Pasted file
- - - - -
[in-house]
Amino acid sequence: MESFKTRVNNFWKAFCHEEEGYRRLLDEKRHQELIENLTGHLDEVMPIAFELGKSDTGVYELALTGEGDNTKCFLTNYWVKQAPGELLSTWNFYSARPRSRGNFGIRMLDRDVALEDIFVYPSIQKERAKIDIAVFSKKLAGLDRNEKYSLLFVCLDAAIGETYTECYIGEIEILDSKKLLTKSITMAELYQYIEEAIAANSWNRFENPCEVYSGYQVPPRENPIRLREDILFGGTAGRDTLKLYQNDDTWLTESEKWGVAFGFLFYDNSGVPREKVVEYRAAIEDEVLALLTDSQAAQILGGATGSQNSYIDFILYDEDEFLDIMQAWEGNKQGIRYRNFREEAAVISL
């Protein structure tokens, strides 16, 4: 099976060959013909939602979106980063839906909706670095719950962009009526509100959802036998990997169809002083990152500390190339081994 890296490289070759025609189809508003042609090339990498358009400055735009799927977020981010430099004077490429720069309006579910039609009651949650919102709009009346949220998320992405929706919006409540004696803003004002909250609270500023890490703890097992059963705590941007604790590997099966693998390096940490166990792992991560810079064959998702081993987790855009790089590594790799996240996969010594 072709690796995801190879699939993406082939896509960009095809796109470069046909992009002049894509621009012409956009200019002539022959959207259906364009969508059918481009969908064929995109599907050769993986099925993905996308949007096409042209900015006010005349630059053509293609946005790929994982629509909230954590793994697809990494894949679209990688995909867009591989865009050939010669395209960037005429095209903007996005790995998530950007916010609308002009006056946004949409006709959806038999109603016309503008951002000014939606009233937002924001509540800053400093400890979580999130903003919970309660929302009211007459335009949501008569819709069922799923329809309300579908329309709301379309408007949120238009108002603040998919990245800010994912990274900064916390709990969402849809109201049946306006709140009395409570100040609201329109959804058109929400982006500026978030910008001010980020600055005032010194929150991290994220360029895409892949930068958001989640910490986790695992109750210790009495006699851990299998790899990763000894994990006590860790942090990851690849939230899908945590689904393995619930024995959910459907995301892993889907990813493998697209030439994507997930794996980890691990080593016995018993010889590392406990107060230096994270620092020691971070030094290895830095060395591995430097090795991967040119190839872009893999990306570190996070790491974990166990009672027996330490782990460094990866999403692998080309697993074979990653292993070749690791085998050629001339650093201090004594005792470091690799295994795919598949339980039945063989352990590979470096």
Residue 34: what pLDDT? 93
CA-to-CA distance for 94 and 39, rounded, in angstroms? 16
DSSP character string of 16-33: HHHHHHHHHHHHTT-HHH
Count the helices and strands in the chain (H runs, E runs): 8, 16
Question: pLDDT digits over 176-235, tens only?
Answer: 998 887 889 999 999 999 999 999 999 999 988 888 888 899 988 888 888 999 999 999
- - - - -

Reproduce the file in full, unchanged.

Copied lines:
[in-house]
Amino acid sequence: MESFKTRVNNFWKAFCHEEEGYRRLLDEKRHQELIENLTGHLDEVMPIAFELGKSDTGVYELALTGEGDNTKCFLTNYWVKQAPGELLSTWNFYSARPRSRGNFGIRMLDRDVALEDIFVYPSIQKERAKIDIAVFSKKLAGLDRNEKYSLLFVCLDAAIGETYTECYIGEIEILDSKKLLTKSITMAELYQYIEEAIAANSWNRFENPCEVYSGYQVPPRENPIRLREDILFGGTAGRDTLKLYQNDDTWLTESEKWGVAFGFLFYDNSGVPREKVVEYRAAIEDEVLALLTDSQAAQILGGATGSQNSYIDFILYDEDEFLDIMQAWEGNKQGIRYRNFREEAAVISL
């Protein structure tokens, strides 16, 4: 099976060959013909939602979106980063839906909706670095719950962009009526509100959802036998990997169809002083990152500390190339081994 890296490289070759025609189809508003042609090339990498358009400055735009799927977020981010430099004077490429720069309006579910039609009651949650919102709009009346949220998320992405929706919006409540004696803003004002909250609270500023890490703890097992059963705590941007604790590997099966693998390096940490166990792992991560810079064959998702081993987790855009790089590594790799996240996969010594 072709690796995801190879699939993406082939896509960009095809796109470069046909992009002049894509621009012409956009200019002539022959959207259906364009969508059918481009969908064929995109599907050769993986099925993905996308949007096409042209900015006010005349630059053509293609946005790929994982629509909230954590793994697809990494894949679209990688995909867009591989865009050939010669395209960037005429095209903007996005790995998530950007916010609308002009006056946004949409006709959806038999109603016309503008951002000014939606009233937002924001509540800053400093400890979580999130903003919970309660929302009211007459335009949501008569819709069922799923329809309300579908329309709301379309408007949120238009108002603040998919990245800010994912990274900064916390709990969402849809109201049946306006709140009395409570100040609201329109959804058109929400982006500026978030910008001010980020600055005032010194929150991290994220360029895409892949930068958001989640910490986790695992109750210790009495006699851990299998790899990763000894994990006590860790942090990851690849939230899908945590689904393995619930024995959910459907995301892993889907990813493998697209030439994507997930794996980890691990080593016995018993010889590392406990107060230096994270620092020691971070030094290895830095060395591995430097090795991967040119190839872009893999990306570190996070790491974990166990009672027996330490782990460094990866999403692998080309697993074979990653292993070749690791085998050629001339650093201090004594005792470091690799295994795919598949339980039945063989352990590979470096």
Residue 34: what pLDDT? 93
CA-to-CA distance for 94 and 39, rounded, in angstroms? 16
DSSP character string of 16-33: HHHHHHHHHHHHTT-HHH
Count the helices and strands in the chain (H runs, E runs): 8, 16
Question: pLDDT digits over 176-235, tens only?
Answer: 998 887 889 999 999 999 999 999 999 999 988 888 888 899 988 888 888 999 999 999